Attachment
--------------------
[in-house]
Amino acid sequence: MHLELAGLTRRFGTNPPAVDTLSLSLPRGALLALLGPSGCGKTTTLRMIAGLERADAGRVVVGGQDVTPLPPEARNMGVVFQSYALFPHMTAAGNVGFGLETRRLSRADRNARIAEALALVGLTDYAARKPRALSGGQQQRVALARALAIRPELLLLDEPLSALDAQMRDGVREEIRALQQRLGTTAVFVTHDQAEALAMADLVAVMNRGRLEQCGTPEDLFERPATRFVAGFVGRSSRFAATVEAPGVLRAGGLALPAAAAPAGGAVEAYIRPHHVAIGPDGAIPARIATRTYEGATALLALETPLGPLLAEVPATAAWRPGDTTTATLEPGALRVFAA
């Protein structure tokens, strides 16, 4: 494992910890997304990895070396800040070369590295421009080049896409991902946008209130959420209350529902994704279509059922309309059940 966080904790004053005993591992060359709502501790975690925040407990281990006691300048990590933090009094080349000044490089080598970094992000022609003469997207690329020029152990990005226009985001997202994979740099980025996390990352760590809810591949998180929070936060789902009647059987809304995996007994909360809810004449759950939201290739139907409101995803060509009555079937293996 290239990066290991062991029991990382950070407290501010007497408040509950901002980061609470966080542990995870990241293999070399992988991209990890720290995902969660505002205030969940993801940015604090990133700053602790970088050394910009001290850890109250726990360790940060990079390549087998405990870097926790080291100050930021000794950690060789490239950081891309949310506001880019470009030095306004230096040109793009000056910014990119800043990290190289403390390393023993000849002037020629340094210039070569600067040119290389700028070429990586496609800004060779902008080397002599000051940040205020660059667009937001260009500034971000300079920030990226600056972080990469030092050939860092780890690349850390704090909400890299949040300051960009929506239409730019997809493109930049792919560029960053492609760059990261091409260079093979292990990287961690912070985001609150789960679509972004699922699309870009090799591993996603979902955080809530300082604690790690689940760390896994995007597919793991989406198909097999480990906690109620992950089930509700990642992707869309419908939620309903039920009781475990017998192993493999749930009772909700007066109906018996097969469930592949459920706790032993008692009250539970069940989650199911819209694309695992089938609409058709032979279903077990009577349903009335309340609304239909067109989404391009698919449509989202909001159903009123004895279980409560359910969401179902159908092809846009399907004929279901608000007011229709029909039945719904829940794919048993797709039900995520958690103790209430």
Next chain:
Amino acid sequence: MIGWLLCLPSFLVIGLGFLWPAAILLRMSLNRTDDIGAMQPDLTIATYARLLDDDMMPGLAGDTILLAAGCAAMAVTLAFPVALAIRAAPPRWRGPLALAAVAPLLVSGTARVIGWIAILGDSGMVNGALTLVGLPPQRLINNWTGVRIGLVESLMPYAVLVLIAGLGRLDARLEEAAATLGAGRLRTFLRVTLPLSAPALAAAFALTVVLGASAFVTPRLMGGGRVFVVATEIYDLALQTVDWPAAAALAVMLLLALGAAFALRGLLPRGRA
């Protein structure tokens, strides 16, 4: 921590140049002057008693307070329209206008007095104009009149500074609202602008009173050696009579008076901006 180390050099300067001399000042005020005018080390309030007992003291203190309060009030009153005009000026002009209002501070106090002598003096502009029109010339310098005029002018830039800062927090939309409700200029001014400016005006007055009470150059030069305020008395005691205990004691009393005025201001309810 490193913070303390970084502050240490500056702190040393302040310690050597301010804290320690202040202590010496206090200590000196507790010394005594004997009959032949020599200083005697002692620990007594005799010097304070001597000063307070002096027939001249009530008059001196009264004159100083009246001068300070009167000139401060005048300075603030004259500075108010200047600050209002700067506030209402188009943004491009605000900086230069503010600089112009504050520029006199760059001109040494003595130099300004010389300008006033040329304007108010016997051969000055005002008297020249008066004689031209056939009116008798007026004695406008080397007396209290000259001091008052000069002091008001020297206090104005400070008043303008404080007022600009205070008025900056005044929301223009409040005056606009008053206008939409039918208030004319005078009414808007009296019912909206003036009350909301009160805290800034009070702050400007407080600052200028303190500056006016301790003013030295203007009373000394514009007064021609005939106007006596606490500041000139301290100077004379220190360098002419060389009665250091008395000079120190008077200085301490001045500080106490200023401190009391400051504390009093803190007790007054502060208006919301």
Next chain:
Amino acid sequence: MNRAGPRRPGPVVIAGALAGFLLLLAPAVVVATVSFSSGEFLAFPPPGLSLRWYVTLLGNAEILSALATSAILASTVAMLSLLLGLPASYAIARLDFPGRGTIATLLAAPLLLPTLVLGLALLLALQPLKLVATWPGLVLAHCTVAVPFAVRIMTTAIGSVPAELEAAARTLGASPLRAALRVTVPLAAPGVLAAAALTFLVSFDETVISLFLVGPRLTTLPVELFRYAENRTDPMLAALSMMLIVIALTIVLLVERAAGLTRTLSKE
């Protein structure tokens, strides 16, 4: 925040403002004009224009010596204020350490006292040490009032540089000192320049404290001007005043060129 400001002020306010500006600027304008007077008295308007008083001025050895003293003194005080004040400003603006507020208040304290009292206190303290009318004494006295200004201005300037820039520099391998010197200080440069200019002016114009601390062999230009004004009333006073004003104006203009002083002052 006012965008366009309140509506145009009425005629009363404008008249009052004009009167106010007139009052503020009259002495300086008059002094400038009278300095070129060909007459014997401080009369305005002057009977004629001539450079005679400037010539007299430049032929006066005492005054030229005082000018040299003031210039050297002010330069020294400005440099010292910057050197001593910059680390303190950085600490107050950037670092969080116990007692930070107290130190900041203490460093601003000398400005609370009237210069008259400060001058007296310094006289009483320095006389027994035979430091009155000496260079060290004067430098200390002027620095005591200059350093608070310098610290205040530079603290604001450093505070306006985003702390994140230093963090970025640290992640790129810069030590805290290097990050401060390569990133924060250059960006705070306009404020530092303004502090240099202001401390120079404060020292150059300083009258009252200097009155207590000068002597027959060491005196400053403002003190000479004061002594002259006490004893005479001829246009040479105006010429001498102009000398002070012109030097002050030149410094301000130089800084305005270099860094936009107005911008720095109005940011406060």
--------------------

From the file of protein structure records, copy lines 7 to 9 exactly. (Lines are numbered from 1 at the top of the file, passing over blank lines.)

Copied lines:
Next chain:
Amino acid sequence: MNRAGPRRPGPVVIAGALAGFLLLLAPAVVVATVSFSSGEFLAFPPPGLSLRWYVTLLGNAEILSALATSAILASTVAMLSLLLGLPASYAIARLDFPGRGTIATLLAAPLLLPTLVLGLALLLALQPLKLVATWPGLVLAHCTVAVPFAVRIMTTAIGSVPAELEAAARTLGASPLRAALRVTVPLAAPGVLAAAALTFLVSFDETVISLFLVGPRLTTLPVELFRYAENRTDPMLAALSMMLIVIALTIVLLVERAAGLTRTLSKE
């Protein structure tokens, strides 16, 4: 925040403002004009224009010596204020350490006292040490009032540089000192320049404290001007005043060129 400001002020306010500006600027304008007077008295308007008083001025050895003293003194005080004040400003603006507020208040304290009292206190303290009318004494006295200004201005300037820039520099391998010197200080440069200019002016114009601390062999230009004004009333006073004003104006203009002083002052 006012965008366009309140509506145009009425005629009363404008008249009052004009009167106010007139009052503020009259002495300086008059002094400038009278300095070129060909007459014997401080009369305005002057009977004629001539450079005679400037010539007299430049032929006066005492005054030229005082000018040299003031210039050297002010330069020294400005440099010292910057050197001593910059680390303190950085600490107050950037670092969080116990007692930070107290130190900041203490460093601003000398400005609370009237210069008259400060001058007296310094006289009483320095006389027994035979430091009155000496260079060290004067430098200390002027620095005591200059350093608070310098610290205040530079603290604001450093505070306006985003702390994140230093963090970025640290992640790129810069030590805290290097990050401060390569990133924060250059960006705070306009404020530092303004502090240099202001401390120079404060020292150059300083009258009252200097009155207590000068002597027959060491005196400053403002003190000479004061002594002259006490004893005479001829246009040479105006010429001498102009000398002070012109030097002050030149410094301000130089800084305005270099860094936009107005911008720095109005940011406060």